Andrea Mullarkey's Reviews > An Education

An Education by Nick Hornby
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Aug 02, 12

bookshelves: screenplay
Read in September, 2011

When a colleague told me we’d gotten this screenplay and that we now own the book, the screenplay and the movie I thought it would make a great choice for our Book Into Film series. For no reason I can fathom, I read the screenplay before the memoir. It was wonderful, witty and fast and a bit heart-breaking. After the screenplay I watched the film and was pleased to see that Lone Scherfig had captured all of that and the wonderful style of 1960s London.

Charmed by both the screenplay and the film I turned to Lynn Barber’s memoir. I knew that it covered her entire life and not just the one chapter on which the film was based. Encountering Barber’s direct prose and unembellished style I saw how a relatively short chapter could become a feature-length film. But what surprised me was how different the stories were. Hornby said in his introduction to the screenplay that he wanted to change the names of the leads to allow him some license with the story. But he took such license that I am not sure I would have recognized the story if I’d read them in the other order. There were certain moments that were lifted straight from Barber’s narrative and I could follow these like beads on a string. Still, I know why the opening credits say the film was “inspired by” Barber’s memoir.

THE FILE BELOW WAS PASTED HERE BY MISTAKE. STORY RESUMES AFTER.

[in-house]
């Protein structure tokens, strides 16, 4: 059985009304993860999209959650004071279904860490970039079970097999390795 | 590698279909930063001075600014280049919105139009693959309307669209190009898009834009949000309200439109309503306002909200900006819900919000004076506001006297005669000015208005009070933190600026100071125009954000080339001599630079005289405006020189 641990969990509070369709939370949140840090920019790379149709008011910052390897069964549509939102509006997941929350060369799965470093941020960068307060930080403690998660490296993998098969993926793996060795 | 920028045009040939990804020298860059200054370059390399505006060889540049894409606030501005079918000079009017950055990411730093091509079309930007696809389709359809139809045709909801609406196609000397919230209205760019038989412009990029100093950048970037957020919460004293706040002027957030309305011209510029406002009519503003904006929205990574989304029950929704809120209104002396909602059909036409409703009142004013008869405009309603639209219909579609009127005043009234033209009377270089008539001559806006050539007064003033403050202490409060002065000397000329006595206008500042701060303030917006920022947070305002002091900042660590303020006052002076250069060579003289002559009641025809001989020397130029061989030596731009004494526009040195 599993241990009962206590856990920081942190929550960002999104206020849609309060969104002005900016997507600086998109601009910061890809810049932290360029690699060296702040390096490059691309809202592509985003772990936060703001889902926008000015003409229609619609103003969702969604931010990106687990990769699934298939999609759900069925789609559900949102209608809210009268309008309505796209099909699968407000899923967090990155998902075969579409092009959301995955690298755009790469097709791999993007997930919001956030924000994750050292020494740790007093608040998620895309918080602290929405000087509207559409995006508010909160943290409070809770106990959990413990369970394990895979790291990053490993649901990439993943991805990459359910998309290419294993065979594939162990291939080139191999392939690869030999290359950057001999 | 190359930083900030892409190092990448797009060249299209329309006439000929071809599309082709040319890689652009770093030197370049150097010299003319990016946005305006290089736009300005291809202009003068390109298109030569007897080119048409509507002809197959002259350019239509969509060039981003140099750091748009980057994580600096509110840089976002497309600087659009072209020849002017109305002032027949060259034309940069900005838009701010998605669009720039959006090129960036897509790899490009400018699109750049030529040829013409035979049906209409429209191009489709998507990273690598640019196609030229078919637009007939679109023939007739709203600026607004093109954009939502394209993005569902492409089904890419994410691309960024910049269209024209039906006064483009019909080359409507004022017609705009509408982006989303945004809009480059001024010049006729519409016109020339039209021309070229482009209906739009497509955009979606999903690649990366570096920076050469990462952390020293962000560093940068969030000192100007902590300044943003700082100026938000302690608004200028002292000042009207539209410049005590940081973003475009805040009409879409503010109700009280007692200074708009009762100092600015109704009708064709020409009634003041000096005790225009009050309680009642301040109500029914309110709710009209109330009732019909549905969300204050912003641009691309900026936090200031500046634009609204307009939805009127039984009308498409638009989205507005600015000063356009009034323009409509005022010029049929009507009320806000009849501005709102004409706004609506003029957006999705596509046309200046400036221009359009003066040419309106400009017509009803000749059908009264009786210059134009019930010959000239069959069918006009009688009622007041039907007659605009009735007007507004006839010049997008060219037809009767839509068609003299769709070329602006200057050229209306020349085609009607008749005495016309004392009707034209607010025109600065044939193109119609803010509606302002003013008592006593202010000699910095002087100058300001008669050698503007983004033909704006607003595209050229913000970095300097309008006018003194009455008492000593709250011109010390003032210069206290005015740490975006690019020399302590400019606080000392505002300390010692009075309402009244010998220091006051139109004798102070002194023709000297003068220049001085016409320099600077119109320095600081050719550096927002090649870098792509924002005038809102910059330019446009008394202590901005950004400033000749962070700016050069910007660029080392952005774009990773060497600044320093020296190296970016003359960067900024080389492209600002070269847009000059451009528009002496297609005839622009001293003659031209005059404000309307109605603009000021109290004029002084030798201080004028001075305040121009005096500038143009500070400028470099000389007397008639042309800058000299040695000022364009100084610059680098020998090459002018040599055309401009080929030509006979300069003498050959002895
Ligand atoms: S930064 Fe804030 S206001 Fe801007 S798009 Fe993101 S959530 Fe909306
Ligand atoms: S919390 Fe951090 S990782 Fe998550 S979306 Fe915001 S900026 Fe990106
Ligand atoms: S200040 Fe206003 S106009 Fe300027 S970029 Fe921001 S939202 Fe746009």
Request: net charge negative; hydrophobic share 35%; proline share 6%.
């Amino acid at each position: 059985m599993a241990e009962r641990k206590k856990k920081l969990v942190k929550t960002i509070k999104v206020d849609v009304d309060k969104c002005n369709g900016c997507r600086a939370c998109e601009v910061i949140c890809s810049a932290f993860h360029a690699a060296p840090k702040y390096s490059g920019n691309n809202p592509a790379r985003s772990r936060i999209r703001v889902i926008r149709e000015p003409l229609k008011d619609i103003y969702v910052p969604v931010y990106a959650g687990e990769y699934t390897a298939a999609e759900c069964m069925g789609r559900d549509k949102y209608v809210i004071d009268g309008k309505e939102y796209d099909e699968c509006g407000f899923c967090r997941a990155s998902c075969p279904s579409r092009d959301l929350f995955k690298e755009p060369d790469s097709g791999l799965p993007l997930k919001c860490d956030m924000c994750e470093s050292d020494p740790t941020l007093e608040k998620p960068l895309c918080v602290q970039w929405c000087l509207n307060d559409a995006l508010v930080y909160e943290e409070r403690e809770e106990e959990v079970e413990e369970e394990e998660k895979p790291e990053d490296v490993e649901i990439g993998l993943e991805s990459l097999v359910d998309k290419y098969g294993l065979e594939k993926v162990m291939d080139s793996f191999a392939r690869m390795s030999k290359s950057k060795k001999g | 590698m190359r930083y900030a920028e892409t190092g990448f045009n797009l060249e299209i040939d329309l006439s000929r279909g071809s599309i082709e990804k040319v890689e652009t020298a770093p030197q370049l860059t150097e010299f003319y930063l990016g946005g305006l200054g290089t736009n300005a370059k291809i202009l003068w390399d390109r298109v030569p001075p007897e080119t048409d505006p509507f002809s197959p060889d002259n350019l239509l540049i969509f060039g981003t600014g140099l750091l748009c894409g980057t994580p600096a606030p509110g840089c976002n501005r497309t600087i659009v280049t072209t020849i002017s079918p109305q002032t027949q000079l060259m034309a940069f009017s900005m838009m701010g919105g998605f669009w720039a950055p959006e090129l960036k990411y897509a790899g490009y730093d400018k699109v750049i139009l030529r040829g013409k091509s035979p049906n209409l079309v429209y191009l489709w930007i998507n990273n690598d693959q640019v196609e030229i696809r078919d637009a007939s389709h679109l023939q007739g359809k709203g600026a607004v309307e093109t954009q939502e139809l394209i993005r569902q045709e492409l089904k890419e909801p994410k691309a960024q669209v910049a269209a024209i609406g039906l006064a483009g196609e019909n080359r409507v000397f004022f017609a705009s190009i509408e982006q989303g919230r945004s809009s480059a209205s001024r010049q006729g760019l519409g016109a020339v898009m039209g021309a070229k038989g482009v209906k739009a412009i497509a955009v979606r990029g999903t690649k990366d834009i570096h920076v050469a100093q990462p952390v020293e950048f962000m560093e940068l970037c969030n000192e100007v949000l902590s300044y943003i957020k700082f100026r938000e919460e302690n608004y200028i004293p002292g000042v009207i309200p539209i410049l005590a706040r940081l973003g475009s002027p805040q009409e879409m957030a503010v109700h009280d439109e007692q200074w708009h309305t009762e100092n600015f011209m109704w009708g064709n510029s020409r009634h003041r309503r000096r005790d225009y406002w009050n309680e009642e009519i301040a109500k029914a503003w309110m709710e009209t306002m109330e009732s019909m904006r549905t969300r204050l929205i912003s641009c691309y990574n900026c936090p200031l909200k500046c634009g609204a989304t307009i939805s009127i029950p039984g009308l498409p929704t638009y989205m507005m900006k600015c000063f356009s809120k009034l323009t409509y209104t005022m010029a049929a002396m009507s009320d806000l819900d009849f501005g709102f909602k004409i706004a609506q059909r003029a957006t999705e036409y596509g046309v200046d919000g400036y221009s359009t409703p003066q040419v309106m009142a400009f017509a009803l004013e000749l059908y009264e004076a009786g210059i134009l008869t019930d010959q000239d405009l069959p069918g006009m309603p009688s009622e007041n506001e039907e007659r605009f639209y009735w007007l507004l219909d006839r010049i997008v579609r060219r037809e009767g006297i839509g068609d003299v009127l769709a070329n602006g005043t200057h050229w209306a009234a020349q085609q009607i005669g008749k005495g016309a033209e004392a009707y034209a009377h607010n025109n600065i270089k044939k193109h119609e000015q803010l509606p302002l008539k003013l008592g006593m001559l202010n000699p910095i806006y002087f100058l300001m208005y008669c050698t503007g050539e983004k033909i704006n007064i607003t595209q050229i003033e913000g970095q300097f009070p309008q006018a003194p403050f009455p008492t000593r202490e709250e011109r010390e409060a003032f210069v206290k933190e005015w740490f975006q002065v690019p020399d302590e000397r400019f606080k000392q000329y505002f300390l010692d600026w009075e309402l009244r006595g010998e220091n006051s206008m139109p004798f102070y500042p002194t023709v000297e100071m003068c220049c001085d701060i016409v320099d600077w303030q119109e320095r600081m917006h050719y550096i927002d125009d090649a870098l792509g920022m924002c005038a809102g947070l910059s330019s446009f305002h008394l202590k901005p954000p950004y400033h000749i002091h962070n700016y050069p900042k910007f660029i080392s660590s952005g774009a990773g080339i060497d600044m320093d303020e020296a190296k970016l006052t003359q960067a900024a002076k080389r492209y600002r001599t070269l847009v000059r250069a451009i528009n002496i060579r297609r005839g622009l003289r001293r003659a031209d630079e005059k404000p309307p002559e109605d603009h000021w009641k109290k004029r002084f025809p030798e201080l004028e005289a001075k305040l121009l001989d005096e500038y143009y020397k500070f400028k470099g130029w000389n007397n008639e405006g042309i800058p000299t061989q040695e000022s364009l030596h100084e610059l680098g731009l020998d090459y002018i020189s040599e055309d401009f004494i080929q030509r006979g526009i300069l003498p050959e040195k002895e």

Nevertheless, it was not so distracting that I couldn’t enjoy the book. Barber has led quite a life. Every era was fascinating from her child hood as the daughter of an elocution teacher through her young adult life as a party girl at Oxford and into her journalism career which took her from Penthouse to writing sex manuals and finally to writing for The Independent and Vanity Fair. Not every chapter is fun or funny, but each resonates with emotion and the excitement of a life fully lived. The story on which the film is based is simply another entertaining chapter in an engrossing story.

In the end I would say the best thing I did when reading these two was to read them in the order I did. As different as the screenplay is from the memoir I think I would have been disappointed if I became attached to the real Lynn Barber and then saw her life turned inside out for the film. But reading the screenplay first, I could enjoy Jenny and David’s story and then meet Lynn as her own person. And given that, I would recommend them both and encourage readers and viewers to save the memoir for after the screenplay and film.
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